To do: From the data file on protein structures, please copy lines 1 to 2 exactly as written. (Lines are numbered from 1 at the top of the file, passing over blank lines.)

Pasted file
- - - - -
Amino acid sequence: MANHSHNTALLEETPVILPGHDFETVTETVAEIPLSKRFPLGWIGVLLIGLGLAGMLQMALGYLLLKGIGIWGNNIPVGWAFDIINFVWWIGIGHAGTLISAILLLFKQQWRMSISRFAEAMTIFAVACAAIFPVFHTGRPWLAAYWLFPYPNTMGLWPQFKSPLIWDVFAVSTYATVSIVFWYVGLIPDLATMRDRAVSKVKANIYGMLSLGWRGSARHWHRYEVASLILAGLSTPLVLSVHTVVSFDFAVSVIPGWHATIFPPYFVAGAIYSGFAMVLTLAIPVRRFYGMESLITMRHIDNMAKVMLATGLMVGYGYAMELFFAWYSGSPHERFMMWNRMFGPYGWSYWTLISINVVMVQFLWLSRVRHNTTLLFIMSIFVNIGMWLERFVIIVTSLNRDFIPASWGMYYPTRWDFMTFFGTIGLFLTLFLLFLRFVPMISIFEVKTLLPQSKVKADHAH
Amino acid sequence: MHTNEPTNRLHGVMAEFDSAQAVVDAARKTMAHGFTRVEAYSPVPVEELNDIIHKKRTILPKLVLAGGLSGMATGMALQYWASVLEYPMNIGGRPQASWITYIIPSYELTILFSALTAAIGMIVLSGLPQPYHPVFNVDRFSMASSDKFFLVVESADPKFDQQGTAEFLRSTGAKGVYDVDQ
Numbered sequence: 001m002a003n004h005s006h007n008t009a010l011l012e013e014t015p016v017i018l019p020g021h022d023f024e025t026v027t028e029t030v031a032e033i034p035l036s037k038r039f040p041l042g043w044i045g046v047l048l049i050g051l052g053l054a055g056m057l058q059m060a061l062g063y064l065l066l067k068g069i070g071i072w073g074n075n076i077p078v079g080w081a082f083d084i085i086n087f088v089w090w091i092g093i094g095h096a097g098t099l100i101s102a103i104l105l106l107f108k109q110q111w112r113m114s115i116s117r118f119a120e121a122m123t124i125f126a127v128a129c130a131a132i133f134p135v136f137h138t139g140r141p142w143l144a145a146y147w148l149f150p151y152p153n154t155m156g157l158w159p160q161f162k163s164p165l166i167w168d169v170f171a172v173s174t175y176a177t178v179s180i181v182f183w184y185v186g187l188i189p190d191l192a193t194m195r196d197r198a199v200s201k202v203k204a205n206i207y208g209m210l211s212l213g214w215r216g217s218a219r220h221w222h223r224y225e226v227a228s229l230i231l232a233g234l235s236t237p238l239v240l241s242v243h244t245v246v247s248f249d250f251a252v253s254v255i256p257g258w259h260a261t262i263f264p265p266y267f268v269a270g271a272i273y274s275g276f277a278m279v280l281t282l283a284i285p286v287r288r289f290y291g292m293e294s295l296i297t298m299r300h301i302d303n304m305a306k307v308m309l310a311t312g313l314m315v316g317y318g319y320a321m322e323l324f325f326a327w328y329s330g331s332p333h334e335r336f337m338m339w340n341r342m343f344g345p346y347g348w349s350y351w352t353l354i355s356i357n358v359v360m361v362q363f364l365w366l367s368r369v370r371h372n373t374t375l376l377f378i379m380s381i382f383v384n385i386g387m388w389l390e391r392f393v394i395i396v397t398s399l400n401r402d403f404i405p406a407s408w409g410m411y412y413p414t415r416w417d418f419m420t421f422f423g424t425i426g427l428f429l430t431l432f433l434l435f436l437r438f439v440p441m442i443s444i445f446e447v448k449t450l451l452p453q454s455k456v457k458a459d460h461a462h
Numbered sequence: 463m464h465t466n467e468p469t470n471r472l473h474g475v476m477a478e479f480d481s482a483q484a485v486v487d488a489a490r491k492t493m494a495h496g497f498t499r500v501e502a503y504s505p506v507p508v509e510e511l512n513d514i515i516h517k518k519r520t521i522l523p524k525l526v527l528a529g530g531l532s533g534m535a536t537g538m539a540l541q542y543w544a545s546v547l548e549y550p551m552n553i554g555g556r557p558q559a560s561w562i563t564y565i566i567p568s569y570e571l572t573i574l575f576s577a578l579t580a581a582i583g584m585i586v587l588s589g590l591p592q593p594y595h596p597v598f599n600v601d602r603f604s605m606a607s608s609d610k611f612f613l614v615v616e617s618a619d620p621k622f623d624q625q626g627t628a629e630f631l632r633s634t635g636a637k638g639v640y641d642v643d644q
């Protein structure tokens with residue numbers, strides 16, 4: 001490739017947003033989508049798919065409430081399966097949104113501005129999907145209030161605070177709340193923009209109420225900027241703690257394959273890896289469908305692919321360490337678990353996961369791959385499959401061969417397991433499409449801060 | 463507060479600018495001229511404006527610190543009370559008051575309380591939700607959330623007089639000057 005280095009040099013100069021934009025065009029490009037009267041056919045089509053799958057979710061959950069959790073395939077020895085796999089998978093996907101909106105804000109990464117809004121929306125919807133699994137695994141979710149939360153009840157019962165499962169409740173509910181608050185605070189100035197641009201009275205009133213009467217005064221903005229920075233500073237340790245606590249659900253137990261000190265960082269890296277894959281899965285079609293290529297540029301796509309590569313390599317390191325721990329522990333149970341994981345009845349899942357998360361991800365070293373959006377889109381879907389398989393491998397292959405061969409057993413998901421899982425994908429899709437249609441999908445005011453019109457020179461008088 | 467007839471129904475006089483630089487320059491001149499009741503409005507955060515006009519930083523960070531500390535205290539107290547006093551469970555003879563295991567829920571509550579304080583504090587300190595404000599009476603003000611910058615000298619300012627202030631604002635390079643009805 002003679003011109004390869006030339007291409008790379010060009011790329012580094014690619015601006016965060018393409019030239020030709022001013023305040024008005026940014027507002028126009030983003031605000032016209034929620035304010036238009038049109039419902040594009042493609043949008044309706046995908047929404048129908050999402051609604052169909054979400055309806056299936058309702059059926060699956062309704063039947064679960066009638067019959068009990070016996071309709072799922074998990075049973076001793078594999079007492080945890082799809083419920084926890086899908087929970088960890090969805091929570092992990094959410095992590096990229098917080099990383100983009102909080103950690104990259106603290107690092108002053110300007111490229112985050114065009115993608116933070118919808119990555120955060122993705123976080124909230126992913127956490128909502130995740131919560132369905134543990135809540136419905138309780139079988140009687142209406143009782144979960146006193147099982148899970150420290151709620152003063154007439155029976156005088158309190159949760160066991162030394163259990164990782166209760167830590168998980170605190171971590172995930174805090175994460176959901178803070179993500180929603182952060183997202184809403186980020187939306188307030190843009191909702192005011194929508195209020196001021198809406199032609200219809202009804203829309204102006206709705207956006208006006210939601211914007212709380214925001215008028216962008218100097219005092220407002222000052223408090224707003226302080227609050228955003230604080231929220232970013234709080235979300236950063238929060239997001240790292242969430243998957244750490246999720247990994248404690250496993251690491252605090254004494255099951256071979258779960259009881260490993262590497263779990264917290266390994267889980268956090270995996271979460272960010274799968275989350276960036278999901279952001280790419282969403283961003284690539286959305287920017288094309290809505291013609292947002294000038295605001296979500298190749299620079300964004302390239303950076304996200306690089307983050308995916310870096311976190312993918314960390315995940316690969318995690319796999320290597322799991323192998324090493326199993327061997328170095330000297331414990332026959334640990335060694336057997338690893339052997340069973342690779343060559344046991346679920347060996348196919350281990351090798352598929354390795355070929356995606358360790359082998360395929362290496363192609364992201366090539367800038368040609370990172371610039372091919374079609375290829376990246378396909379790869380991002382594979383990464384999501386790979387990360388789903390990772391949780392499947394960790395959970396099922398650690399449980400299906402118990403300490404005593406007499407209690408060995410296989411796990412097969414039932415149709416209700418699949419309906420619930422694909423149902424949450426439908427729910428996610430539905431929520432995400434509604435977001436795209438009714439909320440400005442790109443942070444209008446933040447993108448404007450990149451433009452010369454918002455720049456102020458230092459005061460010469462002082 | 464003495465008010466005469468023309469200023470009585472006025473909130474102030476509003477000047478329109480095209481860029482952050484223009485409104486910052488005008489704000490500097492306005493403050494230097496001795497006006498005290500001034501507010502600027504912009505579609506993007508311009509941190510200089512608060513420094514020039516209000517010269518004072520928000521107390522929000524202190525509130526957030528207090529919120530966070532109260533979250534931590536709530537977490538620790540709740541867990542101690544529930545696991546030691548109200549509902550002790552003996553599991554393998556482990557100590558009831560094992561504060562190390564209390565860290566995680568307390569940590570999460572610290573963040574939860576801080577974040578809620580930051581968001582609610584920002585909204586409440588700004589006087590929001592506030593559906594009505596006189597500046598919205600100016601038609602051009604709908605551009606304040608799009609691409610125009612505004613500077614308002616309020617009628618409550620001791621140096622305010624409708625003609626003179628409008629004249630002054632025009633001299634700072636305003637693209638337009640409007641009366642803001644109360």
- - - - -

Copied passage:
Amino acid sequence: MANHSHNTALLEETPVILPGHDFETVTETVAEIPLSKRFPLGWIGVLLIGLGLAGMLQMALGYLLLKGIGIWGNNIPVGWAFDIINFVWWIGIGHAGTLISAILLLFKQQWRMSISRFAEAMTIFAVACAAIFPVFHTGRPWLAAYWLFPYPNTMGLWPQFKSPLIWDVFAVSTYATVSIVFWYVGLIPDLATMRDRAVSKVKANIYGMLSLGWRGSARHWHRYEVASLILAGLSTPLVLSVHTVVSFDFAVSVIPGWHATIFPPYFVAGAIYSGFAMVLTLAIPVRRFYGMESLITMRHIDNMAKVMLATGLMVGYGYAMELFFAWYSGSPHERFMMWNRMFGPYGWSYWTLISINVVMVQFLWLSRVRHNTTLLFIMSIFVNIGMWLERFVIIVTSLNRDFIPASWGMYYPTRWDFMTFFGTIGLFLTLFLLFLRFVPMISIFEVKTLLPQSKVKADHAH
Amino acid sequence: MHTNEPTNRLHGVMAEFDSAQAVVDAARKTMAHGFTRVEAYSPVPVEELNDIIHKKRTILPKLVLAGGLSGMATGMALQYWASVLEYPMNIGGRPQASWITYIIPSYELTILFSALTAAIGMIVLSGLPQPYHPVFNVDRFSMASSDKFFLVVESADPKFDQQGTAEFLRSTGAKGVYDVDQ